Welcome to this forum . We are a worldwide group with a common interest in Birmingham and its history.
While here, please follow a few simple rules. We ask that you respect other members, thank those who have helped you and please keep your contributions on-topic with the thread.
We do hope you enjoy your visit.
BHF Admin Team
We discussed it a while back on the dedicated Harborne railway thread. It's quite easy to locate the triangle junction for the branch, basically it's where the trackbed widens just before Rotton Park road bridge although as you say, there's not much evidence for the line existing due to the...
I know this technically doesn't count as Birmingham, but Mitchells and Butlers at Cape Hill had their own locomotives and sidings, which were connected to the national network at Rotton Park Road on the Harborne branch.
Oh I see! If it was city road then the loco would probably have been one of the Mitchells and Butlers locomotives that were used for shunting goods wagons round their brewery at Cape Hill. Can you remember if the locomotive was a tender or tank engine?
On another note, here's some more pictures...
That's a nice shot, one of the only ones I've seen of that station in colour. By the 1950's there were only three freight trains a day according to disused railways, one in the morning, afternoon and evening. It's a shame that the line isn't open any more.
I've heard that before, and although I didn't get to experience either station back in the 1950's or 60's, I can see from old pictures that Snow Hill had better facilities. It should be considered that that incarnation of Snow Hill had opened in 1912 so the station wasn't that old, whereas New...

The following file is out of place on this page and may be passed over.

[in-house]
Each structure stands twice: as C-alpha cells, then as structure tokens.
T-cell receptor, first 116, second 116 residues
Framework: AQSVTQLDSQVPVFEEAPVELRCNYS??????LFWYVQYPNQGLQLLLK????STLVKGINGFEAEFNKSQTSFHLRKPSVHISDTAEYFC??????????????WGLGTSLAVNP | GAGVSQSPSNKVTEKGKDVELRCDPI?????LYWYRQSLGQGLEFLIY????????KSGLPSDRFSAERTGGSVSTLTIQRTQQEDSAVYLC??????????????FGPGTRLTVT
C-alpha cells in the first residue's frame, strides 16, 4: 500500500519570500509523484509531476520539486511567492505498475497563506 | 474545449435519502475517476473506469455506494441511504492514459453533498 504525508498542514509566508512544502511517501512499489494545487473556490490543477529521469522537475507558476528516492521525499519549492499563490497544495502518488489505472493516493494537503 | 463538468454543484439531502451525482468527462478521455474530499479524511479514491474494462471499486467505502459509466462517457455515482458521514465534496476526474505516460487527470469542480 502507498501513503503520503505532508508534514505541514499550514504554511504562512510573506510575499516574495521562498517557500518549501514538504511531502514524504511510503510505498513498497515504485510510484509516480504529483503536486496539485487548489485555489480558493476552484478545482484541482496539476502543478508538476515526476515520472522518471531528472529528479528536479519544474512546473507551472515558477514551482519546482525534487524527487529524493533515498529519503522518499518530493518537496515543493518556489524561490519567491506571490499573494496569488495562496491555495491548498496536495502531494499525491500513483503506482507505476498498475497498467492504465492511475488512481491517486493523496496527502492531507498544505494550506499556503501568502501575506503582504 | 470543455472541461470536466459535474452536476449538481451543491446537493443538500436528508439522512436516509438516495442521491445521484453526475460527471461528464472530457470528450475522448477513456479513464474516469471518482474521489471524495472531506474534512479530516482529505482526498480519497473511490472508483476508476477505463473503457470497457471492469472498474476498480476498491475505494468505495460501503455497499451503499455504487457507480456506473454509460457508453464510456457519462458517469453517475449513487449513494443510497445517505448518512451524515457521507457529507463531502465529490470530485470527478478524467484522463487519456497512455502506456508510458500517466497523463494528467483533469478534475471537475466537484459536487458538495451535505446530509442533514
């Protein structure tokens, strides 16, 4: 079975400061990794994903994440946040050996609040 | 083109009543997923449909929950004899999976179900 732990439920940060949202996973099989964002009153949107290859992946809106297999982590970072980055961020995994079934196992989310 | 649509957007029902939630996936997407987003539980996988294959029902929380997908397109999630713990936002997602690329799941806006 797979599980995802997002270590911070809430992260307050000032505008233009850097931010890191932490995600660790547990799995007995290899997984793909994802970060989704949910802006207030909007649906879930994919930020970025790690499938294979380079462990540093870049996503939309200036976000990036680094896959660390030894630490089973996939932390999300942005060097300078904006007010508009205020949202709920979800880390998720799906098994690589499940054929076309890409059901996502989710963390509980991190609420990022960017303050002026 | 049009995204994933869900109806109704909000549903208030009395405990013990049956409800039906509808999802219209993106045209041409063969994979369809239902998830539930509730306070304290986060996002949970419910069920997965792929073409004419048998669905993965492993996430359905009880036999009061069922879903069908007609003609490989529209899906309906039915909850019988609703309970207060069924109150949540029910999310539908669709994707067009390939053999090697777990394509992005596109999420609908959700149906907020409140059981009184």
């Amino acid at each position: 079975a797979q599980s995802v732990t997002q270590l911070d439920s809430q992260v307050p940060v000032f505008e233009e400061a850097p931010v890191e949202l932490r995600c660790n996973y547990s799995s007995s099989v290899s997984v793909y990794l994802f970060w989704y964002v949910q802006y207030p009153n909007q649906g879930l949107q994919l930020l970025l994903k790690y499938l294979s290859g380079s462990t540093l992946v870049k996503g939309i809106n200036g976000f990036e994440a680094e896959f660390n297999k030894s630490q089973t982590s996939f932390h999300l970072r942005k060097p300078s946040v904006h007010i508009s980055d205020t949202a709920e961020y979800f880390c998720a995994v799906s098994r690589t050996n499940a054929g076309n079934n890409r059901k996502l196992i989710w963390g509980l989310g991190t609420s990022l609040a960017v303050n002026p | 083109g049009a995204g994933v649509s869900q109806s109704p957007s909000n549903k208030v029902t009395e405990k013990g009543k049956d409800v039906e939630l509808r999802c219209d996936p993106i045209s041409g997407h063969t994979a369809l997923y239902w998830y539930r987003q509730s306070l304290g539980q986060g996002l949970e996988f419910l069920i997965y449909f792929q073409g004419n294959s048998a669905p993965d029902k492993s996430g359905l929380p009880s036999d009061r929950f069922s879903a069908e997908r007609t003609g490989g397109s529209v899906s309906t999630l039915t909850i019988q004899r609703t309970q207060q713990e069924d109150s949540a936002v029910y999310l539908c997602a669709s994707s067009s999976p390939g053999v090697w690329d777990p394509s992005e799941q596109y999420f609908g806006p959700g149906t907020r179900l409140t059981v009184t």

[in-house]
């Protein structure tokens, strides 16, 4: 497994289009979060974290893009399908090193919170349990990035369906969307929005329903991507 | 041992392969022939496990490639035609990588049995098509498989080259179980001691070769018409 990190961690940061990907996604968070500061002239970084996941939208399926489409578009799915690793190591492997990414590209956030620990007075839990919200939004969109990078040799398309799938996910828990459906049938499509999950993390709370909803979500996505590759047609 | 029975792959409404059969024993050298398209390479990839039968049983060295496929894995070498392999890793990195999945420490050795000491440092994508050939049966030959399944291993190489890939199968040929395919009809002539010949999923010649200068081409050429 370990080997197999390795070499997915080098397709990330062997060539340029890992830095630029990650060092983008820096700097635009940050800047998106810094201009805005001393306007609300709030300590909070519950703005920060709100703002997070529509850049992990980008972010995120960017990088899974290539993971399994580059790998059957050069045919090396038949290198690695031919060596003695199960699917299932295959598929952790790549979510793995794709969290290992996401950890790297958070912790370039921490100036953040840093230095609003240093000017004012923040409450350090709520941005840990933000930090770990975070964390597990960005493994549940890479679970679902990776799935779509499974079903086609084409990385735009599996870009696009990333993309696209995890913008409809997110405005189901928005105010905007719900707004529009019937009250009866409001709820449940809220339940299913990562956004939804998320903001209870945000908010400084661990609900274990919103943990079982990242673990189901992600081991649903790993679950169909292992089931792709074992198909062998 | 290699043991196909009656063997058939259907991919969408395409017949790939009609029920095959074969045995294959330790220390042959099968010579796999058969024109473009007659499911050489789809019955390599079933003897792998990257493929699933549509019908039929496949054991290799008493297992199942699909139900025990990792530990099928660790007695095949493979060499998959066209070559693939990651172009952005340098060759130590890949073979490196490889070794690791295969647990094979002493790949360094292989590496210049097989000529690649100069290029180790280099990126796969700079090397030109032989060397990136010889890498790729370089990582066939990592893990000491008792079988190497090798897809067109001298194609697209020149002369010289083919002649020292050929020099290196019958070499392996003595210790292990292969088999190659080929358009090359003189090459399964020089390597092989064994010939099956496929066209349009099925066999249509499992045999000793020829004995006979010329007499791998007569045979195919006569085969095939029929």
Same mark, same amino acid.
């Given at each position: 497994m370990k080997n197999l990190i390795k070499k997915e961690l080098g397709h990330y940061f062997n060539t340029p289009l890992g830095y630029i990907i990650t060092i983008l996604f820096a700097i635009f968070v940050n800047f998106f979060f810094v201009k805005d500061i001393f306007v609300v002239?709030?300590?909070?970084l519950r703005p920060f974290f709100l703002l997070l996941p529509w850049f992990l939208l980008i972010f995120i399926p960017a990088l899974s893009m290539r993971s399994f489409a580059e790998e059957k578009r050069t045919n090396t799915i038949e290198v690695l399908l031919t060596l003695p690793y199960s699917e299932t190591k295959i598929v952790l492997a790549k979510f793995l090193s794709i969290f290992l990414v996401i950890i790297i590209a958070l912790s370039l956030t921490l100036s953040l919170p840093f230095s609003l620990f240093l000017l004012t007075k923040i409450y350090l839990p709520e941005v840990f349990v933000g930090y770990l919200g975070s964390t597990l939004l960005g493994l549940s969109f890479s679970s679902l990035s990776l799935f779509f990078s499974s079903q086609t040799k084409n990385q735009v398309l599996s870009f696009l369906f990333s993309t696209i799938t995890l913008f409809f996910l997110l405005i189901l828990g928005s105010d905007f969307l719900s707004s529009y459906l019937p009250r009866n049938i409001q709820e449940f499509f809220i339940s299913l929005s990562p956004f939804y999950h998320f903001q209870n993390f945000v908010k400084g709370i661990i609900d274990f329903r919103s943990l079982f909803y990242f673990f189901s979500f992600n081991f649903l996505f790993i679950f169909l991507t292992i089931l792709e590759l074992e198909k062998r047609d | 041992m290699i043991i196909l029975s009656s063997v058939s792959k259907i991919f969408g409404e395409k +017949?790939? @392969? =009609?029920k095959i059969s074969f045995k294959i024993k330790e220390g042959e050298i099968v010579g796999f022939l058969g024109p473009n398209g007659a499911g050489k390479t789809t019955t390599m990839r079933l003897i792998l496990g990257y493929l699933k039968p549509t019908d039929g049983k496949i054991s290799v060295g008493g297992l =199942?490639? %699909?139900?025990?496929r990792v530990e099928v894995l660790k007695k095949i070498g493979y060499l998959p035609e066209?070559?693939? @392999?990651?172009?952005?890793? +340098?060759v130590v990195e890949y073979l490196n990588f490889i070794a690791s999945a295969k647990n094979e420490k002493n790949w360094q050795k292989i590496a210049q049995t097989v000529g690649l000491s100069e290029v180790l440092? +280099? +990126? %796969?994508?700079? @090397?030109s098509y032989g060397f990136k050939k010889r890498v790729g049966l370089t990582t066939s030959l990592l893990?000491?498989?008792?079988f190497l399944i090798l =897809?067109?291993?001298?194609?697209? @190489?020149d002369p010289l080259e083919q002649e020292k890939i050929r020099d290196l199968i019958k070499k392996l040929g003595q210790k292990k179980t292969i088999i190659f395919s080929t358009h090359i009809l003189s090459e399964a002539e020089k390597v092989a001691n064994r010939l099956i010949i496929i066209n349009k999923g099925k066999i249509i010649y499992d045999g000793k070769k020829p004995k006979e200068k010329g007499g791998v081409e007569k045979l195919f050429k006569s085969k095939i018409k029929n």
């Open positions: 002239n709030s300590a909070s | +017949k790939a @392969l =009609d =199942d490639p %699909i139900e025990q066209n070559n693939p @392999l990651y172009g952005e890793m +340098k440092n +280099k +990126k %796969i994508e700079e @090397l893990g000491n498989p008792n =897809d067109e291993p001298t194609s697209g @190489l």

I hadn't heard of the railcar being referred to as the bluebird before. They used to run to Dudley via Old Hill and Blowers Green and were nicknamed the Dudley dodgers. There was also the Blue Pullman which was an express diesel unit that ran from Paddington to Wolverhampton Low Level.
That's a good map, Malvernian. Even today you can still just about make out the mound which marks the site of the island platform.
When you say "still working", do you mean that you can remember the line when it was operational?
That's true, it was one of the reasons why people stopped using the passenger service.
Regarding the M&B branch, the cutting it ran through has been filled in, although you can obviously still walk through the site of the triangle junction where the exchange sidings were located.